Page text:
• 1 c. steamed bone meal
  • 2/3 c. Kmag PMS (Hmm.)
  • 2/3 c. wood ash
  • 1 c. greensand

Soil Mix:

  • 3 buckets coconut coir

  • 2 buckets fine perlite
  • 4 cups base fertilizer.
  • 1 bucket good (!) garden soil.
  • 2 buckets commerical compost


I and my friend stirred up a full batch of this stuff, which means that it's a good thing I bought a new, large wheelbarrow last year, because it was almost full. Instead of wetting the whole mess, however, I dumped most of it into a trash can and stashed it in the garage for use later.

Most sources say to stir up the mix, wet it down, and then leave it for at least several hours before using it. This allows the peat or coir, in particular, to absorb moisture and expand to its full size. My coir was already wet, having stood outdoors all winter (my bad), so I didn't bother with the wait. Since the blocks held together well, this method seems to work.

So, we put some of this golden mixture into a large rectangular plastic container, added enough water to make a sticky, soupy mess, and grabbed the molds. But there I must leave us, molds at the ready, until next post, and here, dear reader, I must leave you for now.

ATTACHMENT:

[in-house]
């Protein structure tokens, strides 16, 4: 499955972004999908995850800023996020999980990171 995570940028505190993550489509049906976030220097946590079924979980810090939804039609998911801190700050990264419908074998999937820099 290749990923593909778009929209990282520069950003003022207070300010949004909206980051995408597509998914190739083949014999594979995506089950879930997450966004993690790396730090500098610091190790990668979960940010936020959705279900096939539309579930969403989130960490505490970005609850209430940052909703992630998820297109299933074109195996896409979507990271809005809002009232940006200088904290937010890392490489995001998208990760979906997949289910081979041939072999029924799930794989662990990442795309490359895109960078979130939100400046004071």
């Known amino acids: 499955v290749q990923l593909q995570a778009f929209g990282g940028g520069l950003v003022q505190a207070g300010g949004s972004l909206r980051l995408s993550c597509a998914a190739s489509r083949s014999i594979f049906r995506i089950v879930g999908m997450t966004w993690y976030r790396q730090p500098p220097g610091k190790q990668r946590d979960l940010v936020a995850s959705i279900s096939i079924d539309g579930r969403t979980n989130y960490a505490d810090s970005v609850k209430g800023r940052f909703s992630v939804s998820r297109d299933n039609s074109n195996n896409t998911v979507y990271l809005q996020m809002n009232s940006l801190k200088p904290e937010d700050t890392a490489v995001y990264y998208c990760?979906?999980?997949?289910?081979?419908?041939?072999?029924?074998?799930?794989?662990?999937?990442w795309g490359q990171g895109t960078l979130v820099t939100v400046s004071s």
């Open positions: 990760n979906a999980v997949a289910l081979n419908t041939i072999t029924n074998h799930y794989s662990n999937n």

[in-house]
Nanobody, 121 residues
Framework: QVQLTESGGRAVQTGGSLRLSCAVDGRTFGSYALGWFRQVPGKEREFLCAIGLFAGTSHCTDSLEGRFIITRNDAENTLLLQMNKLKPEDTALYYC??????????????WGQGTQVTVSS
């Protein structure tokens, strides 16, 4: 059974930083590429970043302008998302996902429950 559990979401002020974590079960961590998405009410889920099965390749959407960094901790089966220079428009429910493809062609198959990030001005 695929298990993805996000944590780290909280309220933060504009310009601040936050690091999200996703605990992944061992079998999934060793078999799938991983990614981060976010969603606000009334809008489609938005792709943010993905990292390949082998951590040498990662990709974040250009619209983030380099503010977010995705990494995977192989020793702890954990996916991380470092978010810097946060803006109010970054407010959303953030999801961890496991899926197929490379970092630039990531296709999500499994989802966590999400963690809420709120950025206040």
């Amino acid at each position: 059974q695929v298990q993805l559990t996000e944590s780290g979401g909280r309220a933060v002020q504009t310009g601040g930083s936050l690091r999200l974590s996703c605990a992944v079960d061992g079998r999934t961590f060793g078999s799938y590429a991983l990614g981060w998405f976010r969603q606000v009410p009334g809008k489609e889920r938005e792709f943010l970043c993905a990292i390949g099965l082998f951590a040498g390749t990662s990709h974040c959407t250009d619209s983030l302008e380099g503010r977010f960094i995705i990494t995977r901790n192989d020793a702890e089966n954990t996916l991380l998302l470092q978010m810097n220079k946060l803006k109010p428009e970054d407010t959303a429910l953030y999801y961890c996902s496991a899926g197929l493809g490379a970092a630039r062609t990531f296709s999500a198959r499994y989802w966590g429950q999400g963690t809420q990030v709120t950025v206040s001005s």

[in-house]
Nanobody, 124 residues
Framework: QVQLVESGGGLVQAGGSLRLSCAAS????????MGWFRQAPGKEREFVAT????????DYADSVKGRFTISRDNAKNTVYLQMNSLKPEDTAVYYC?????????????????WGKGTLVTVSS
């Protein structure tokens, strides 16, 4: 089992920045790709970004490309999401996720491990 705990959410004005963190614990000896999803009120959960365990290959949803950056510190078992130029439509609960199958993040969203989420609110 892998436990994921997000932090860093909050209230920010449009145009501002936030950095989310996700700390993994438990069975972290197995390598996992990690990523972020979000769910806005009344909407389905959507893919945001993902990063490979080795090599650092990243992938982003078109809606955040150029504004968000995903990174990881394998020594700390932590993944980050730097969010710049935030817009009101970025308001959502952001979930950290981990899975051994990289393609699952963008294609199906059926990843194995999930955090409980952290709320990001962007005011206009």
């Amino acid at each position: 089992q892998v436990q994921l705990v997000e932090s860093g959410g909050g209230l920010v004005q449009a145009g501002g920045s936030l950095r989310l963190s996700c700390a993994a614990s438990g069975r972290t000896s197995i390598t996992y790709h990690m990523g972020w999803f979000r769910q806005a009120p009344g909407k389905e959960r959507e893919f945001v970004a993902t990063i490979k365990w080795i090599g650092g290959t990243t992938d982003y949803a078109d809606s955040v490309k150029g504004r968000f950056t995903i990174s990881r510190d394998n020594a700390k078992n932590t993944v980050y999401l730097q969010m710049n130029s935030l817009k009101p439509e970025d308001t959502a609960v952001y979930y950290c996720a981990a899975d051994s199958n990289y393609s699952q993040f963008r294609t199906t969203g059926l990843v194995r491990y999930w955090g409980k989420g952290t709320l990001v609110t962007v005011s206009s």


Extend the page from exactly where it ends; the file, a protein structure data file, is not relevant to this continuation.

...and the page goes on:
* My local source for organic gardening tools, ingredients, fertilizers, amendments, compost, etc. etc. etc., and home (well, workplace) of Eric Vinge, who commissions my gardening articles but who does not (repeat, NOT) pay me for this blog.

** Before reserving tickets, I'd tried to describe the show, so he wouldn't be taken completely off guard. (You try describing Rocky Horror Picture Show to someone from a different culture. I dare you.) Once there, though, I realized I'd forgotten quite how much of the show consists of scantily clad people prancing about, seducing each other, trying to seduce each other, stroking each other, and so on. There's also a difference between seeing this on a TV screen or even live in a large theater, and watching it in a tiny venue, where all that flesh (and sex) is only fifteen feet away. I really wondered if we'd overdone it this time, but Abdoulaye, ever game, dubbed it a “great experience.”

We have a curious history with this cult classic. We were living in Berkeley in the '80s, when the movie was shown every Saturday at midnight at a local cinema—and we never went! That would have been too easy. Instead, we first saw it in Japan, where we rented it after a Japanese friend invited us to join her at a live production. “Frank 'n' Furter is played by one of the most famous transvestites in Tokyo!” she told us, her eyes wide. How could we say no to that? We didn't. And it was a tremendous show, much better than the movie.

2 Responses to Soil Blocks #3: Rocky Horror Picture Soup